Thoughtful reviews, the Boulder film scene

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— Zoe Saldana, Star Trek

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DIFF logoWelcome to Movie Habit’s home for the 27th annual Denver International Film Festival.

This year’s festival focuses partly on German cinema, with screenings of Fassbinder’s Ali Fear Eats the Soul and Effi Briest. German director Margarethe von Trotta will be here to introduce her films The Other Woman and Rosenstrasse. There are nearly two dozen films from Germany in this year’s lineup of about 175 films.

Guests of honor include Kevin Bacon, who will receive the John Cassavetes Award, and Laura Linney, who will introduce Kinsey and p.s. The festival opens with a gala premiere of Ray (about the late, great Ray Charles), which will be attended by director Taylor Hackford and star Jamie Foxx. DIFF also plays host to many of the lesser known talents who you’re sure to see more of in the future.

Bookmark this page for continuing coverage of the films and events of the 27th DIFF, happening October 14–24. You can find links to the schedule and the Denver Film Society’s home page on the sidebar to the right.

Here’s our coverage so far:

Pictures from the 27th DIFF: Jamie Foxx, Kevin Bacon, Elvis Mitchell, Jerzy Stuhr, Al Maysles, Morgan Freeman, and many more

Opening-night red carpet gala (and review of Ray)

Centerpiece: An Evening with Kevin Bacon

A conversation about The Big Red One Reconstruction

Coffee Talk: Documentaries the subject of a coffee klatsch at DIFF

An interview with Peter Riegert: Local Hero moves from acting to directing

An interview with Albert Maysles: 50-year career proves his knack for getting access

An interview with Jerzy Stuhr: Polish actor, director, speaks about the post-communist blues

Closing night: An Evening with Morgan Freeman

Tells an interesting story without imposing an authoritative voice on the film

Les Choristes
Characters are well drawn and likeable in sweet, charming tale about culture over brawn

Colorado Filmmakers Showcase I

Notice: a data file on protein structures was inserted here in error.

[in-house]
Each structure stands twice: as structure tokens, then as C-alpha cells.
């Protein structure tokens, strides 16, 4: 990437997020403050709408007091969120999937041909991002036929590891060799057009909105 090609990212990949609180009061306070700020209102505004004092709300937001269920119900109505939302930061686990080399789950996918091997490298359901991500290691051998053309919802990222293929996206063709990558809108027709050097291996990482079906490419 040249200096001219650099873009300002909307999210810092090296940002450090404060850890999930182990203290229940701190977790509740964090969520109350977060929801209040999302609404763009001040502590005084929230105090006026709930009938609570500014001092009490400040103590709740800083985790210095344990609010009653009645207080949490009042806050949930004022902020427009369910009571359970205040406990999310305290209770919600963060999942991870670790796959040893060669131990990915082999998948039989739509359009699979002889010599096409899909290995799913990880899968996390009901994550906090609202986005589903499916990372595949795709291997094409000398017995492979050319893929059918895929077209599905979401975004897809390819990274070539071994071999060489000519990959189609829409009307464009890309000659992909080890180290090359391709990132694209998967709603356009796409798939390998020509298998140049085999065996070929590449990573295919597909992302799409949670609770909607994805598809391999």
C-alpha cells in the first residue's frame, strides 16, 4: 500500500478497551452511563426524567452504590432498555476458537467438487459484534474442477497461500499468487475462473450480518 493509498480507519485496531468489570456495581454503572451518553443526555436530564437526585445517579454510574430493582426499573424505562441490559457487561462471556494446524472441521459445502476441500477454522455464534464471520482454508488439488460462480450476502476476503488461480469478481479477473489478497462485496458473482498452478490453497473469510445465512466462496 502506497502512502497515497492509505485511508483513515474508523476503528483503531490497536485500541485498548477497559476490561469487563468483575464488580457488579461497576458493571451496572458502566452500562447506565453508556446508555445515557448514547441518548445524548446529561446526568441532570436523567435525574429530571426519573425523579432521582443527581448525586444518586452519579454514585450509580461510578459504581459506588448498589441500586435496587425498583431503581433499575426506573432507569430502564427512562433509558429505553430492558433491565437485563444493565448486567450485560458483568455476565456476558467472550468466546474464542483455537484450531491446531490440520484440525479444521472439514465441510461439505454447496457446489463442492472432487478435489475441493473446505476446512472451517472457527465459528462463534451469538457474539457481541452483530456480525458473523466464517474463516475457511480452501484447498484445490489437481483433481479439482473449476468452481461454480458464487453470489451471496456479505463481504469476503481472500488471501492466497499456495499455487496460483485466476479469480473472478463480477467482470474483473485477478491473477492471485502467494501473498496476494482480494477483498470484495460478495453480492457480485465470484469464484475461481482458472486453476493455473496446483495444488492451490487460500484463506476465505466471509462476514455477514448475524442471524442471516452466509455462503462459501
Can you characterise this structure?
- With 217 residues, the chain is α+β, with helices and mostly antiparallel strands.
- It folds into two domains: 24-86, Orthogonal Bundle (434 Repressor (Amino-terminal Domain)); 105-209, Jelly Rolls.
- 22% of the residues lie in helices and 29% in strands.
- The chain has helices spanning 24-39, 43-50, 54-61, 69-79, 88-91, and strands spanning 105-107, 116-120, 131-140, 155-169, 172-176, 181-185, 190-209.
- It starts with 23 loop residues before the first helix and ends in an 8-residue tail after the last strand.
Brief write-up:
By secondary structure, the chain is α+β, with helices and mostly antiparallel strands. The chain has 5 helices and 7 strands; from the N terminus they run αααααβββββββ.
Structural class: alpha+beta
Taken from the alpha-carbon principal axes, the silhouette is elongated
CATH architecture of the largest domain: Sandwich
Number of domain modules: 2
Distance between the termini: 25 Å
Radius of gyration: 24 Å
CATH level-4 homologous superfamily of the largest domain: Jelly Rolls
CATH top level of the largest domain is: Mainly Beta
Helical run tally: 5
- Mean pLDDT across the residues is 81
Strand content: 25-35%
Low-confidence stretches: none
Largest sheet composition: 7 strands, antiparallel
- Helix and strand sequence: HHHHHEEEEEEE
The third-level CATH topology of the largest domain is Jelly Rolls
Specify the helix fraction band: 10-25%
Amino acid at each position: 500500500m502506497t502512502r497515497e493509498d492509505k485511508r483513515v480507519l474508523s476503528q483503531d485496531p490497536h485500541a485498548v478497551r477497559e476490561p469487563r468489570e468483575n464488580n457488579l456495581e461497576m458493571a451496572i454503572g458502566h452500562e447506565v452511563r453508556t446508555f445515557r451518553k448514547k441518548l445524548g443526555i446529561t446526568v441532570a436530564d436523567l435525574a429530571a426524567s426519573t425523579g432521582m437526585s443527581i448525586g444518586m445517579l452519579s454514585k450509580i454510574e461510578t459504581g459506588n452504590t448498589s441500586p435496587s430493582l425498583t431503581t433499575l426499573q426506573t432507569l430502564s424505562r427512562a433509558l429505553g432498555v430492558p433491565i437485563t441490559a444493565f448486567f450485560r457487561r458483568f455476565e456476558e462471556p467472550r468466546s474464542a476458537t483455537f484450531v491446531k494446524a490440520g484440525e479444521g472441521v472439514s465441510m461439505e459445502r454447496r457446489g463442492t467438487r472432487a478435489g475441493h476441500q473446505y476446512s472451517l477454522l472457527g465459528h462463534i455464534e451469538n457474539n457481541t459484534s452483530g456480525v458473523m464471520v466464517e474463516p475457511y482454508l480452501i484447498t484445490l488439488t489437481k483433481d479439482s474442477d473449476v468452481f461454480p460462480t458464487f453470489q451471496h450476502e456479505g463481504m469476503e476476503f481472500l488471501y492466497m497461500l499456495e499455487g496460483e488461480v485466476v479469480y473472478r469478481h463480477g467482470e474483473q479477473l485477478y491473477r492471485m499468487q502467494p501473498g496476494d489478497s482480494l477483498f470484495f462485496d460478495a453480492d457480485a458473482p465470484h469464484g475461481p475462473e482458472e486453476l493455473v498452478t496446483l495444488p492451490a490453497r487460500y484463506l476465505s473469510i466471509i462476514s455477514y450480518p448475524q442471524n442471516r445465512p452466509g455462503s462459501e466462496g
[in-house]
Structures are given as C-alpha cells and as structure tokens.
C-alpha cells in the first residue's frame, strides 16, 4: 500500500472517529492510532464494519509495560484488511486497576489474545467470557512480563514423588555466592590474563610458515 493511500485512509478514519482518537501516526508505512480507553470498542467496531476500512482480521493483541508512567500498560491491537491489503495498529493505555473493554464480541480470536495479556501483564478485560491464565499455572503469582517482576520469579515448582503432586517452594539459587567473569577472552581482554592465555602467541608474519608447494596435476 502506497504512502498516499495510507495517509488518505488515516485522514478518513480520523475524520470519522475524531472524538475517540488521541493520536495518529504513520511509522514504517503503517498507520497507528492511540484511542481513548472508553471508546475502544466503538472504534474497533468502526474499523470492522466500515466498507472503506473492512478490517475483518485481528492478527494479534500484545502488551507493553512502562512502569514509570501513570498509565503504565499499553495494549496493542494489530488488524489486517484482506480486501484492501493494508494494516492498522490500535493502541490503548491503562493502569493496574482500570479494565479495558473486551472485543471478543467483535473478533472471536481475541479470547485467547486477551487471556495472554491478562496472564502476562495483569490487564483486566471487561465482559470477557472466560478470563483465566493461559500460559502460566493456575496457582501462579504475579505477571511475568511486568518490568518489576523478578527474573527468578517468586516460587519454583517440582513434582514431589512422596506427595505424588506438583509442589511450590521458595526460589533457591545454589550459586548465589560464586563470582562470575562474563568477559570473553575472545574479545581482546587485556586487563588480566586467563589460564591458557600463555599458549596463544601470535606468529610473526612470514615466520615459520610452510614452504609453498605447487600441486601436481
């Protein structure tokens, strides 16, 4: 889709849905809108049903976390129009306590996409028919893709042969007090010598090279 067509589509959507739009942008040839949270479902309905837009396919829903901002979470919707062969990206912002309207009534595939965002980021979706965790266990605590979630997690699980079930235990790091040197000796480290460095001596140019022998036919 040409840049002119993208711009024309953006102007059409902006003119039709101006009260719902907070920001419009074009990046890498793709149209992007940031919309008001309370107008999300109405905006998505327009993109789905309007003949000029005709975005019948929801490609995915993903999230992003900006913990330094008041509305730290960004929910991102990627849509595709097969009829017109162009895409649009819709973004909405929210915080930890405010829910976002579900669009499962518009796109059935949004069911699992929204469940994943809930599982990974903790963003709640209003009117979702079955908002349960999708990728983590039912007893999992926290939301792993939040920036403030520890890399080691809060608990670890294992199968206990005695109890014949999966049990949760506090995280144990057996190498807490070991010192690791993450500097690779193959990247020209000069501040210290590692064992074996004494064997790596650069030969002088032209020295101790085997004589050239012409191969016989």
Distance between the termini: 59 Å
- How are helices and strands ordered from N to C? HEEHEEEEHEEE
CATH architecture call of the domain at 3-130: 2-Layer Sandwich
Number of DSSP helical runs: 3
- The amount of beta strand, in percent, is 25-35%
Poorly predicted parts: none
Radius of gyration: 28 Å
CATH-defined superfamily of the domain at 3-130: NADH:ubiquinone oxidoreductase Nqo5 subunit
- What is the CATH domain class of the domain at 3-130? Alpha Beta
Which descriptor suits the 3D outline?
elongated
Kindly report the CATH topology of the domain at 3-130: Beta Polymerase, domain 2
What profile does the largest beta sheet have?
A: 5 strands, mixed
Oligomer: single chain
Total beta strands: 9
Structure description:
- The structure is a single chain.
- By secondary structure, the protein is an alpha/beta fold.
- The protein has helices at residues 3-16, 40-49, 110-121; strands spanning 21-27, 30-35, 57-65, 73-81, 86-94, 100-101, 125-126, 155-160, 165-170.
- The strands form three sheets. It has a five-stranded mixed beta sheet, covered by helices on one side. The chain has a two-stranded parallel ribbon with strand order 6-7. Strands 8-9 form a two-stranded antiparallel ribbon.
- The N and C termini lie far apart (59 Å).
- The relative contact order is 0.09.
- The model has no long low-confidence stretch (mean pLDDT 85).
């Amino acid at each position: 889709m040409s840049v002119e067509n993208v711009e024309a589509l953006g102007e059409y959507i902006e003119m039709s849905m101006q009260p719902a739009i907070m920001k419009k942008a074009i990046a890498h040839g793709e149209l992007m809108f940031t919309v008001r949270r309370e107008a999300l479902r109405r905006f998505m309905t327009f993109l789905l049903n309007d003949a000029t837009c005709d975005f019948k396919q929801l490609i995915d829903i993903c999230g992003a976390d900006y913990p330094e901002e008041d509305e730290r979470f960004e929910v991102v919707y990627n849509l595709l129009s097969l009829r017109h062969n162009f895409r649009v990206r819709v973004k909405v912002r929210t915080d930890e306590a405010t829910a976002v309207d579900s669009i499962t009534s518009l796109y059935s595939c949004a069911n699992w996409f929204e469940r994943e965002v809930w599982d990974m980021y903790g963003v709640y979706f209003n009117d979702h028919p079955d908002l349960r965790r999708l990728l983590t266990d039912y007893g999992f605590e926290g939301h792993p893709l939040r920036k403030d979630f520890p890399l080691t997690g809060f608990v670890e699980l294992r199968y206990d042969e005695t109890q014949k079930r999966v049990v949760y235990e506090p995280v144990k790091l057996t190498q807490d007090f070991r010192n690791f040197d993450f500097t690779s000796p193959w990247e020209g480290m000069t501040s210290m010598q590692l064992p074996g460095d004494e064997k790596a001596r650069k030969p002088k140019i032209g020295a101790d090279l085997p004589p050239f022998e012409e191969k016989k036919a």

Independent film in Colorado is truly filling needs — of both filmmakers and audiences

Donau Dunaj Duna Dunav Dunarea
Pilgrims and travellers take a long, strange journey home on the Danube

Dear Frankie
A charming, Scottish heartstring-tugger

Writer-director-composer Gatlif embroiders the travelers’ sensory journey with rich aural textures

Hair High
Simple story sometimes feels padded, but surreal and gross touches typical of Plympton entertain

Human Error
A three-man play, a blend of CG and live action, a wry comedy, and paced far too slow

The Hungarian Servant
A good intellectual discussion of art and life, but not enough suspense or romance to cheer you

King of the Corner
Riegert’s dry wit and charismatic presence offset the movie’s limitations

French sexual politics may not resonate with American sensibilities

The Other Woman
Thoughtful, interesting German cinema; a good example of what to expect from DIFF 27

An 82-minute smear campaign? Or character study of one man’s bloated self-confidence? (by Matt Anderson)

A morality play for the ages, a train-wreck of a story you can’t help but watch (by Risë Keller)

Director and stars kick off 27th DIFF with a career-making, soulful biopic

Science Fiction
Takes a long time to warm up, but engaging and interesting once it does

The magic of this no-budget autobiography is in revelations of sweetness amidst life’s damage

Tomorrow’s Weather
Light and entertaining, while still tapping that post-Communist nerve seen in other films at DIFF 27

An Unreliable Witness
Slow to start, engaging in the middle, and squished in the historical past

Wilderness Survival for Girls
Chew on this, then forget about it